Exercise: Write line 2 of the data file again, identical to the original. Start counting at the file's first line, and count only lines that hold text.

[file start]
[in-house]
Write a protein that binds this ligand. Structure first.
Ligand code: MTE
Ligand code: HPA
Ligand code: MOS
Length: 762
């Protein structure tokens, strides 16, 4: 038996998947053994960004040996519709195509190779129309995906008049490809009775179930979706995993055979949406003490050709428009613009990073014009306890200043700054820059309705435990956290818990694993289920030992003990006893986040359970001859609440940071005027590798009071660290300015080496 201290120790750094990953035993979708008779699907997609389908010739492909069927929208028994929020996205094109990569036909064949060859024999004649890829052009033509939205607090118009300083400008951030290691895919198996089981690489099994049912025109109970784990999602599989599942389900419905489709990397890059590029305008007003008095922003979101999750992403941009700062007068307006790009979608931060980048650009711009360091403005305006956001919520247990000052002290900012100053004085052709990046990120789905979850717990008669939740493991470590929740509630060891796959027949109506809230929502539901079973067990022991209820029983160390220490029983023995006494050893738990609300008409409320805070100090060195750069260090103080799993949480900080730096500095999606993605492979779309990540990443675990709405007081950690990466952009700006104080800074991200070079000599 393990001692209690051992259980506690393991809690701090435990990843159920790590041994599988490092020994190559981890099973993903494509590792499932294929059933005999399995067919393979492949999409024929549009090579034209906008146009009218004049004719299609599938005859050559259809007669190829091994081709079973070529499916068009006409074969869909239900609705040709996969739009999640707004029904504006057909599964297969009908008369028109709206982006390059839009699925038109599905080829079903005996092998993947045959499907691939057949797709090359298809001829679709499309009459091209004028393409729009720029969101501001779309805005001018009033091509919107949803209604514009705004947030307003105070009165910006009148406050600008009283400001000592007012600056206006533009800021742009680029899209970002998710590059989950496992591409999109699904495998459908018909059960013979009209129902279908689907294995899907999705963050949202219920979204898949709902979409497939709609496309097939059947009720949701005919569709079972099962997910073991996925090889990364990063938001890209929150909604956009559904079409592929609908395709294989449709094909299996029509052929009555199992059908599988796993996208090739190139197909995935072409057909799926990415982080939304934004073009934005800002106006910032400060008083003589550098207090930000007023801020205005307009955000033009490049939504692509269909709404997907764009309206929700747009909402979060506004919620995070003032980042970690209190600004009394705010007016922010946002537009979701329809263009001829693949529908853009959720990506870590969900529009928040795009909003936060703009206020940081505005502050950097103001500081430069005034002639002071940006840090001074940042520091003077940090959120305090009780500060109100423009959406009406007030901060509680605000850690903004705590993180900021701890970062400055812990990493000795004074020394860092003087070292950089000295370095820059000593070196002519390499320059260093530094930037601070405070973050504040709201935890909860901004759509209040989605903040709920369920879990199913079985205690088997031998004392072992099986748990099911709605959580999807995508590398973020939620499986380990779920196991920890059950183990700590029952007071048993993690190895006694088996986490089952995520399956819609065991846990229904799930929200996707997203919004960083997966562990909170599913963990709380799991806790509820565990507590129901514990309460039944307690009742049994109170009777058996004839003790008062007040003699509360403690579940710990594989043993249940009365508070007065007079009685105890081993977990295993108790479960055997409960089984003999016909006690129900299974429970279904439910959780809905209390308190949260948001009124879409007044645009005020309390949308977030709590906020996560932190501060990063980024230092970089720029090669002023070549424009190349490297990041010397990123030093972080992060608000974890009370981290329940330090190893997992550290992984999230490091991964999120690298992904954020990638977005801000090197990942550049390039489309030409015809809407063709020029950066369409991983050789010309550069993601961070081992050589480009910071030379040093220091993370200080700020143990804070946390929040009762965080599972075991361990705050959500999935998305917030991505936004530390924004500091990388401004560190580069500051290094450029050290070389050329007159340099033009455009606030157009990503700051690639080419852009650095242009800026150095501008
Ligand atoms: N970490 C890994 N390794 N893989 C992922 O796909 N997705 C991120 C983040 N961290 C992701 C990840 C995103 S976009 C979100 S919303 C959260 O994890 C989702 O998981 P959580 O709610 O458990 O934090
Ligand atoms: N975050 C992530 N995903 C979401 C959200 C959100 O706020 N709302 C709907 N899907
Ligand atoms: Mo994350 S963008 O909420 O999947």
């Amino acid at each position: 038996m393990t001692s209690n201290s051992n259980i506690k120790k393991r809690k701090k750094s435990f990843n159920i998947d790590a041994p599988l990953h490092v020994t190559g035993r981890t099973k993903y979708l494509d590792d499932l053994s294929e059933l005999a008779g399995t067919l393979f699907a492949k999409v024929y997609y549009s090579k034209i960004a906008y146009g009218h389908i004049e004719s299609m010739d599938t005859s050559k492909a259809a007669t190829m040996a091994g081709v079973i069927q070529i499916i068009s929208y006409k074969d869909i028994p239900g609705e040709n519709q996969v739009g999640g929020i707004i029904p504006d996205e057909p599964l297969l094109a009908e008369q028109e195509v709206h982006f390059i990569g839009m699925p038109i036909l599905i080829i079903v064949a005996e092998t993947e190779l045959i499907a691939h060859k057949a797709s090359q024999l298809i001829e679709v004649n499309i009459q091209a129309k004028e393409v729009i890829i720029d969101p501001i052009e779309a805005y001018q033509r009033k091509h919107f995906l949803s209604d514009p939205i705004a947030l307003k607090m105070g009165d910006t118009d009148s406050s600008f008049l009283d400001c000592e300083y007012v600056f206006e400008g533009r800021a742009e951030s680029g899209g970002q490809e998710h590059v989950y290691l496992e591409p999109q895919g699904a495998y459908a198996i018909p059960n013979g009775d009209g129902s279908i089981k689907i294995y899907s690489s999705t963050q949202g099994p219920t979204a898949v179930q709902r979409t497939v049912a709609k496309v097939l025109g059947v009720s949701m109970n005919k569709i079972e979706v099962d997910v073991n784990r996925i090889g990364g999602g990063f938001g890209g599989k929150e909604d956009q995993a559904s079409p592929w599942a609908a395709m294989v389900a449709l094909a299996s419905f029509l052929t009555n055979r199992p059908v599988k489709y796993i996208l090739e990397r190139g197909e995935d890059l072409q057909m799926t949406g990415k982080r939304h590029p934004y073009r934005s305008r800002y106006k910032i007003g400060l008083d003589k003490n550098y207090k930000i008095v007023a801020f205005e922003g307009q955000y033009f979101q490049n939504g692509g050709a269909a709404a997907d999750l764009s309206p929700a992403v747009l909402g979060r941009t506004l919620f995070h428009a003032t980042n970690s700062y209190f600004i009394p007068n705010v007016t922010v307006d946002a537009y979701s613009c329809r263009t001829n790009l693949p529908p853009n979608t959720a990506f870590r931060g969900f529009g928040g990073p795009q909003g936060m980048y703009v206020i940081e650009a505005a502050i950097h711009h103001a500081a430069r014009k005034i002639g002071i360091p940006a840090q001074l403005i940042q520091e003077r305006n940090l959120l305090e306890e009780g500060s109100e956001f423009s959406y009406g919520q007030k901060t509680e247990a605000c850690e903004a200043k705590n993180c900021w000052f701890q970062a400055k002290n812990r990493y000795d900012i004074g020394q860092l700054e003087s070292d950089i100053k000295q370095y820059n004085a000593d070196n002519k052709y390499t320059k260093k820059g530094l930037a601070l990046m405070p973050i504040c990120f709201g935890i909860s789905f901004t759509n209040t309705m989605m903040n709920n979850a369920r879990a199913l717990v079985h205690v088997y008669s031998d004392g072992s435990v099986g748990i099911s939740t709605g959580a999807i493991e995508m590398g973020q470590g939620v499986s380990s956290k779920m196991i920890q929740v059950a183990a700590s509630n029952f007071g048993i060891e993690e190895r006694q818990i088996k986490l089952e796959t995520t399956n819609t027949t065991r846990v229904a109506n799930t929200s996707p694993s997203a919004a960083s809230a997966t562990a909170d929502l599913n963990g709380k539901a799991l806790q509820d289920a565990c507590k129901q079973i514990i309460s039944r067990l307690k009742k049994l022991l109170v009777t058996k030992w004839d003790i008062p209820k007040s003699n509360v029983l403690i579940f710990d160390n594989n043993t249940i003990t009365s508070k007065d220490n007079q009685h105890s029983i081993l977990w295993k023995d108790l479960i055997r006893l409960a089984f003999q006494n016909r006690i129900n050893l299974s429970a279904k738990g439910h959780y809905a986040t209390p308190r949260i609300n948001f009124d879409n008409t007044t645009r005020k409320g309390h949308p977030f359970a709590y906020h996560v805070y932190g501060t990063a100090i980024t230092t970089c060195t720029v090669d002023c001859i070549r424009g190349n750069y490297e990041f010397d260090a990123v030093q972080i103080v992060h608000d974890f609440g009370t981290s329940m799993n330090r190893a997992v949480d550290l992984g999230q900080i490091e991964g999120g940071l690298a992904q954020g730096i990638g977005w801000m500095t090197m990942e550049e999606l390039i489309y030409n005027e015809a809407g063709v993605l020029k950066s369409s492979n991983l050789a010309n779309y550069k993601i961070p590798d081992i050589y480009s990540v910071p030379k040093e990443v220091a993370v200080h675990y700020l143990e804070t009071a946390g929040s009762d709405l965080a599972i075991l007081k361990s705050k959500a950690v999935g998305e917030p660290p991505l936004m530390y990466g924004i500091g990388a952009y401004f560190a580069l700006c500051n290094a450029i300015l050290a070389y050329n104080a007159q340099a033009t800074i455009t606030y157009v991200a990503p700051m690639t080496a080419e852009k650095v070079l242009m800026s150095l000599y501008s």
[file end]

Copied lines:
Write a protein that binds this ligand. Structure first.